Figure 1: Capital Market Line vs. Efficient Frontier
Source: ReSolve Asset Management. For illustrative purposes only.
Let’s examine a case where a “growth” investor wishes to maximize his rate of return given that he can tolerate 15% annual volatility, consistent with the historical risk character of a 70/30 global stock/high grade bond portfolio. Under typical conditions, this investor would be forced to push out the efficient frontier and take on a concentrated portfolio of equity markets. Figure 2 describes the composition of this portfolio.
Figure 2: Mean-Variance Optimal Portfolio at 15% Target Volatility Along Efficient Frontier
Source: ReSolve Asset Management. For illustrative purposes only.
Given the capital market assumptions above, to achieve the highest return possible at no more than 15% volatility would require that he hold 29.4% long Treasury bonds, 18% Asian stocks, 52.6% emerging stocks, since this is the most efficient portfolio at 15% volatility.
This portfolio would be expected to earn 4.8% annual excess return, highlighted with a gold point on the efficient frontier in Figure 1.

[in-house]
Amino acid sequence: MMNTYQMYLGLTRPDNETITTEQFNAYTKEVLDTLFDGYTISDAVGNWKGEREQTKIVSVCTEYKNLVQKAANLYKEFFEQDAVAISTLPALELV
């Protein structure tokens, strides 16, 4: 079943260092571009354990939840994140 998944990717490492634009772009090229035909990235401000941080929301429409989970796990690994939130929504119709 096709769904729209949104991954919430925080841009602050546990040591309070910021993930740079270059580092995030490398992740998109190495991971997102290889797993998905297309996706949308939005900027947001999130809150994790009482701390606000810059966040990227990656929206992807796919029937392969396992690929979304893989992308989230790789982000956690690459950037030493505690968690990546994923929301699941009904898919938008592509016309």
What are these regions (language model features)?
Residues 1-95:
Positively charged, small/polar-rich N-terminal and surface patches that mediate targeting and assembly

Leveraging the diversified portfolio
Now consider an investor who is liberated from the no-leverage tyranny imposed by the efficient frontier. He can choose to own the more diversified mean-variance optimal portfolio described in Figure 3, and borrow (with margin or futures or other derivatives) to purchase more units of the portfolio using leverage until he achieves his target volatility. Again given our working capital market assumptions, this portfolio would be dominated by emerging bonds, long Treasury bonds, and Asian stocks.
Figure 3: Maximum Sharpe Ratio Portfolio
Source: ReSolve Asset Management. For illustrative purposes only.
Leverage is a foreign concept for many novice investors. But readers with an open mind will recognize that by using a prudent amount of leverage to invest in the maximum Sharpe ratio portfolio, they can now take advantage of investments that earn their premium during very different market environments, and from diverse economic regions.
The concentrated equity investor would only expect to earn attractive returns during periods of sustained economic growth, benign inflation, and abundant liquidity. However, the maximum Sharpe ratio portfolio in Figure 3 contains Treasury bonds, which are designed to benefit during deflationary growth shocks; emerging bonds, which would benefit from an increase in credit quality among emerging countries, as well as potential currency tailwinds; and equity markets from around the world.